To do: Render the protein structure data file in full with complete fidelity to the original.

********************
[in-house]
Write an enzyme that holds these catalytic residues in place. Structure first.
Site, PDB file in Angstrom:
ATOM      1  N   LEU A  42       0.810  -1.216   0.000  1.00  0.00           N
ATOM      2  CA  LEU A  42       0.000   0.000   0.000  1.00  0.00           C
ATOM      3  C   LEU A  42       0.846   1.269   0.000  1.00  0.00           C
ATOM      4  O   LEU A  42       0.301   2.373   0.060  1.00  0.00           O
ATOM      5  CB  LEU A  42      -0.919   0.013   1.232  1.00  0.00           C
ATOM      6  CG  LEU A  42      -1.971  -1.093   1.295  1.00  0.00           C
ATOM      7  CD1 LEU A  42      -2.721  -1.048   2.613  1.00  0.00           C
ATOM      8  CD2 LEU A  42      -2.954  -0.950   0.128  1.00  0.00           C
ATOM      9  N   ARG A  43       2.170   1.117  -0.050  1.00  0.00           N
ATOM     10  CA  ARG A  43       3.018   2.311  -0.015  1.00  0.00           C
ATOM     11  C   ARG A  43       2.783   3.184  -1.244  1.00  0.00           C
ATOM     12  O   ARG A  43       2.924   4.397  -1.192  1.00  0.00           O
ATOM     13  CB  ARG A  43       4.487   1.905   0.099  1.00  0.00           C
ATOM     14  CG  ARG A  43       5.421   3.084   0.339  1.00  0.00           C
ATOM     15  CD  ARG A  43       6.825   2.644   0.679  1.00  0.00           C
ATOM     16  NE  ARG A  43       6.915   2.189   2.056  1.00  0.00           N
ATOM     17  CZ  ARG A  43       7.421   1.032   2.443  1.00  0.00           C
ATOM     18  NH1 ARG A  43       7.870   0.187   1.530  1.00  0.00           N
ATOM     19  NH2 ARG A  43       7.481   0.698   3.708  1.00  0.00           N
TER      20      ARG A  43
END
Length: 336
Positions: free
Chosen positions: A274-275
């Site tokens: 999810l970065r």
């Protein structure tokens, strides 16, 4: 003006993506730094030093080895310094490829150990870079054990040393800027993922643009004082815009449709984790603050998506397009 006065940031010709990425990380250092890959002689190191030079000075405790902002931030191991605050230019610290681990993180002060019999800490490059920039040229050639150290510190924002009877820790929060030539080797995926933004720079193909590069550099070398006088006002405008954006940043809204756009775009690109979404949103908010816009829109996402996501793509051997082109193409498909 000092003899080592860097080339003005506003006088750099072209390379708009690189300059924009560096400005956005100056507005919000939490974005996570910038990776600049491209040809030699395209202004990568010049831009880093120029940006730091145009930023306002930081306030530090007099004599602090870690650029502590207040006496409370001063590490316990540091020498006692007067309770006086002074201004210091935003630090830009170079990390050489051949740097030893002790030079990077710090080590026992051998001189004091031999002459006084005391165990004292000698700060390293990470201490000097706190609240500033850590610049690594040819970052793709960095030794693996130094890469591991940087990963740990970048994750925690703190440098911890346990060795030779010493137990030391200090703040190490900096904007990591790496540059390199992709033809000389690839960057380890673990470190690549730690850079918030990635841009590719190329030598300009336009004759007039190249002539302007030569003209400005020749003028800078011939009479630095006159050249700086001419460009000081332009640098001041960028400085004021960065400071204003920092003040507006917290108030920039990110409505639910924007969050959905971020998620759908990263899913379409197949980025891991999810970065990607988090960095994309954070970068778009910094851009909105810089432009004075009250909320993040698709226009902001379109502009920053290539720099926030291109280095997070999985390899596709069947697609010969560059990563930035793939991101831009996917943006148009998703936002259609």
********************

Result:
[in-house]
Write an enzyme that holds these catalytic residues in place. Structure first.
Site, PDB file in Angstrom:
ATOM      1  N   LEU A  42       0.810  -1.216   0.000  1.00  0.00           N
ATOM      2  CA  LEU A  42       0.000   0.000   0.000  1.00  0.00           C
ATOM      3  C   LEU A  42       0.846   1.269   0.000  1.00  0.00           C
ATOM      4  O   LEU A  42       0.301   2.373   0.060  1.00  0.00           O
ATOM      5  CB  LEU A  42      -0.919   0.013   1.232  1.00  0.00           C
ATOM      6  CG  LEU A  42      -1.971  -1.093   1.295  1.00  0.00           C
ATOM      7  CD1 LEU A  42      -2.721  -1.048   2.613  1.00  0.00           C
ATOM      8  CD2 LEU A  42      -2.954  -0.950   0.128  1.00  0.00           C
ATOM      9  N   ARG A  43       2.170   1.117  -0.050  1.00  0.00           N
ATOM     10  CA  ARG A  43       3.018   2.311  -0.015  1.00  0.00           C
ATOM     11  C   ARG A  43       2.783   3.184  -1.244  1.00  0.00           C
ATOM     12  O   ARG A  43       2.924   4.397  -1.192  1.00  0.00           O
ATOM     13  CB  ARG A  43       4.487   1.905   0.099  1.00  0.00           C
ATOM     14  CG  ARG A  43       5.421   3.084   0.339  1.00  0.00           C
ATOM     15  CD  ARG A  43       6.825   2.644   0.679  1.00  0.00           C
ATOM     16  NE  ARG A  43       6.915   2.189   2.056  1.00  0.00           N
ATOM     17  CZ  ARG A  43       7.421   1.032   2.443  1.00  0.00           C
ATOM     18  NH1 ARG A  43       7.870   0.187   1.530  1.00  0.00           N
ATOM     19  NH2 ARG A  43       7.481   0.698   3.708  1.00  0.00           N
TER      20      ARG A  43
END
Length: 336
Positions: free
Chosen positions: A274-275
């Site tokens: 999810l970065r």
């Protein structure tokens, strides 16, 4: 003006993506730094030093080895310094490829150990870079054990040393800027993922643009004082815009449709984790603050998506397009 006065940031010709990425990380250092890959002689190191030079000075405790902002931030191991605050230019610290681990993180002060019999800490490059920039040229050639150290510190924002009877820790929060030539080797995926933004720079193909590069550099070398006088006002405008954006940043809204756009775009690109979404949103908010816009829109996402996501793509051997082109193409498909 000092003899080592860097080339003005506003006088750099072209390379708009690189300059924009560096400005956005100056507005919000939490974005996570910038990776600049491209040809030699395209202004990568010049831009880093120029940006730091145009930023306002930081306030530090007099004599602090870690650029502590207040006496409370001063590490316990540091020498006692007067309770006086002074201004210091935003630090830009170079990390050489051949740097030893002790030079990077710090080590026992051998001189004091031999002459006084005391165990004292000698700060390293990470201490000097706190609240500033850590610049690594040819970052793709960095030794693996130094890469591991940087990963740990970048994750925690703190440098911890346990060795030779010493137990030391200090703040190490900096904007990591790496540059390199992709033809000389690839960057380890673990470190690549730690850079918030990635841009590719190329030598300009336009004759007039190249002539302007030569003209400005020749003028800078011939009479630095006159050249700086001419460009000081332009640098001041960028400085004021960065400071204003920092003040507006917290108030920039990110409505639910924007969050959905971020998620759908990263899913379409197949980025891991999810970065990607988090960095994309954070970068778009910094851009909105810089432009004075009250909320993040698709226009902001379109502009920053290539720099926030291109280095997070999985390899596709069947697609010969560059990563930035793939991101831009996917943006148009998703936002259609």